Walmart holds food drive...for Walmart employees (again!)


Once again, a Walmart store has set out a collection box for food donations to support its own employees, who are paid so little that they depend upon social assistance (and public generosity) to survive.

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Shower-bus for homeless people rolls in San Francisco


Lava Mae is a startup that renovates donated, surplus San Francisco city buses, fitting them out with accessible showers that can be brought to homeless people around town.

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Charity collection-boxes shaped like life-sized homeless people

The Dutch homelessness charity Badt dressed mannequins as homeless people, sawed coin-slots in their foreheads, and seeded them around Amsterdam with signs soliciting donations. It's a clever campaign, but it says something a little unpleasant, in that we are apparently more willing to give money to a doll with a slot in its forehead than an actual homeless person.

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Fighting homelessness by giving homeless people houses


A program in Salt Lake City decided that it would be smarter -- and more humane -- to spend $11K/year each to house 17 chronically homeless people and provide them with social workers than it would be to waste the average of $16,670/year per person to imprison them and treat them at emergency rooms. As Nation of Change points out, this commonsense, humane and economically sound way of dealing with homelessness works, unlike the savage approaches taken by other cities (like the Waikiki rep Tom Bowker who smashed homeless peoples' carts with a sledgehammer, or cities like Tampa, which banned feeding homeless people).

Here's more on Utah's Housing First program.

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Boing Boing Charitable Giving Guide 2013

Here's a guide to the charities the Boingers support in our own annual giving. As always, please add the causes and charities you give to in the comments below!


Electronic Frontier Foundation
Could there be a year that's more relevant to the EFF? As Edward Snowden has made abundantly clear, there is a titantic, historic battle underway to determine whether the Internet is there to liberate us or to enslave us. EFF's on the right side of history, and I figure giving them all I can afford is a cheap hedge against the NSA's version of the future. —CD



Creative Commons
CC continues to make a difference -- this year, they released the 4.0 version of their flexible licenses, a major milestone. More than anyone else, CC has reframed the way we talk about creativity and copyright in the Internet era, providing practical, easy-to-use tools to make it possible for creators and audiences to work together in a shared mission of creating and enjoying culture.—CD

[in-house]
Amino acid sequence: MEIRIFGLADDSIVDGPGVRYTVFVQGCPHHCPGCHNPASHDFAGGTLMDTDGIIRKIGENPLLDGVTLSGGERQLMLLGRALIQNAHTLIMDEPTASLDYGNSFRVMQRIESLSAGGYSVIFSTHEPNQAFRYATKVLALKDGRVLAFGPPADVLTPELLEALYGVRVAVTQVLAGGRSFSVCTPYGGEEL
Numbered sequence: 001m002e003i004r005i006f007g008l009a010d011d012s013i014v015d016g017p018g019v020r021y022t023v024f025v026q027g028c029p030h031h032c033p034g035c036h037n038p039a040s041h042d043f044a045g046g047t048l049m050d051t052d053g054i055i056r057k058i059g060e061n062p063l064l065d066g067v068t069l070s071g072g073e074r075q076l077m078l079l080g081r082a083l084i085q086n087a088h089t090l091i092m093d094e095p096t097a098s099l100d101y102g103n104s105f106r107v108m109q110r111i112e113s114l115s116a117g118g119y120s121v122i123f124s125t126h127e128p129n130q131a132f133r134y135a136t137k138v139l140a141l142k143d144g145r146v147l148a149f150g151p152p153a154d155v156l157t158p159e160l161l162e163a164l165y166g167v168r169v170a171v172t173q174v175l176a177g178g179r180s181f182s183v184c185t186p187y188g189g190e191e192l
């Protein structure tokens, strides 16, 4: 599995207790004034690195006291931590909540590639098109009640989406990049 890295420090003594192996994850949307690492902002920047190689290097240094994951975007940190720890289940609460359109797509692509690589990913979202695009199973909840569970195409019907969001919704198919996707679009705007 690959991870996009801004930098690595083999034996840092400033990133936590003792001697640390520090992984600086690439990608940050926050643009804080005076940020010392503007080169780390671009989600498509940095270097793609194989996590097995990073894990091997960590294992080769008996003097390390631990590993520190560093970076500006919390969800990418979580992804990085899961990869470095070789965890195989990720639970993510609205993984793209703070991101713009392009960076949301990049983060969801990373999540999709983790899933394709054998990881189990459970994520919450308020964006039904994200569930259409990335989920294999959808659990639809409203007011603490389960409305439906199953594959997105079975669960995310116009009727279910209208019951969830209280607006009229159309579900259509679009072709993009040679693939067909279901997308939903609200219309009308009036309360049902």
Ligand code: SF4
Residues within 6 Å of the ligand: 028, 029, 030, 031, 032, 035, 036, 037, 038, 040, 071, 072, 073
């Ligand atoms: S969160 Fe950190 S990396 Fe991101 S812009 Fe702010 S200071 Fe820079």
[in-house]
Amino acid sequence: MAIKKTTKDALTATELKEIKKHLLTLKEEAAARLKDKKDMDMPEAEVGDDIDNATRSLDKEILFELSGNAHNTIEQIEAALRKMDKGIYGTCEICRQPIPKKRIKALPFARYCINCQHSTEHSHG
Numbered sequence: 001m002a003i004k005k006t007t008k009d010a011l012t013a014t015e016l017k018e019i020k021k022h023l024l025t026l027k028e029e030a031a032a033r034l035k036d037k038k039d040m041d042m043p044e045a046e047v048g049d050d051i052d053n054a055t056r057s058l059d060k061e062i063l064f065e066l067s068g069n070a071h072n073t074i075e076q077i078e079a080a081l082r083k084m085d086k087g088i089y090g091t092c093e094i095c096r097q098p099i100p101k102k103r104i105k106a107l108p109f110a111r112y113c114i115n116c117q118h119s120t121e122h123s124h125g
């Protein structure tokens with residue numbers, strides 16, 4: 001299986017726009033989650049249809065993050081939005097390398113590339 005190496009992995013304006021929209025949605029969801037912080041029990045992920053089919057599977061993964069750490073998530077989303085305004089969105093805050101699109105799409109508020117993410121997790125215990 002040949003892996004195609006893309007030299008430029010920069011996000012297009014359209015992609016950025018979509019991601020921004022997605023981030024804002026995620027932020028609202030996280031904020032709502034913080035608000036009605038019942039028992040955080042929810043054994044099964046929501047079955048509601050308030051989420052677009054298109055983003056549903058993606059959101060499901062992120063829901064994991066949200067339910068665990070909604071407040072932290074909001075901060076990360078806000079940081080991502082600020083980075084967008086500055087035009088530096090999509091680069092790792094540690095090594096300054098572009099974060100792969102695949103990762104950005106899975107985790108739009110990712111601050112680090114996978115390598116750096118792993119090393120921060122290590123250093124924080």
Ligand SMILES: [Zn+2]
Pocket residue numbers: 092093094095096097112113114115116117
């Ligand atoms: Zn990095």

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Homlessness and technological literacy: the Tenderloin Technology Lab


Wired profiles Darrell Pugh, a formerly homeless man who teaches people who have no homes or are otherwise in economically precarious position how to use networks and computers, at the Tenderloin Technology Lab in San Francisco. It's an amazing story and draws an important connection between technological literacy and the ability to live a full life in modern society. Pugh's own perspective on this ("Educating myself and passing what I know onto other people so they can try, that’s all part of what I think we need to do. We shouldn’t hold back our knowledge from each other. We should share it so we’re all better.") is fantastic.

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Poor white women and a public health mystery

Over the past 18 years the life expectancy for white women who didn't finish high school has dropped precipitously. Today, those women can expect to die five years earlier than their counterparts a generation ago. It's one of the biggest magnitude losses in life expectancy ever recorded, and nobody knows what's causing it. At the American Prospect, Monica Potts reports on scientists efforts to untangle the knot of correlations at the heart of this public health mystery and tells the story of one woman, Crystal Wilson, whose life and death mirrors the statistics.

Help make Abercrombie and Fitch synonymous with homelessness

As you know, Abercrombie and Fitch is a horrible shitshow of a company whose owner refuses to make large sized clothes so that "unattractive people" can't wear them, and who burns surplus clothing rather than donating it to charity to keep their clothes off poor peoples' backs. So Gkarber has set out to make the brand synonymous with homelessness, by clearing out thrift shops' supply of A&F and bringing it to skid row and giving it to homeless people. He'd like you to participate by clearing out your closets and donating any A&F to your local homeless charity..

Abercrombie & Fitch Gets a Brand Readjustment #FitchTheHomeless

Guerrilla Benchers replace street furniture removed to discourage homeless people

The Camden Council in London removed many public benches, apparently in an effort to chase out vagrants. A group of Guerrilla Benchers were offended by this, and responded by reinstalling their own benches on the sites of the old street furniture.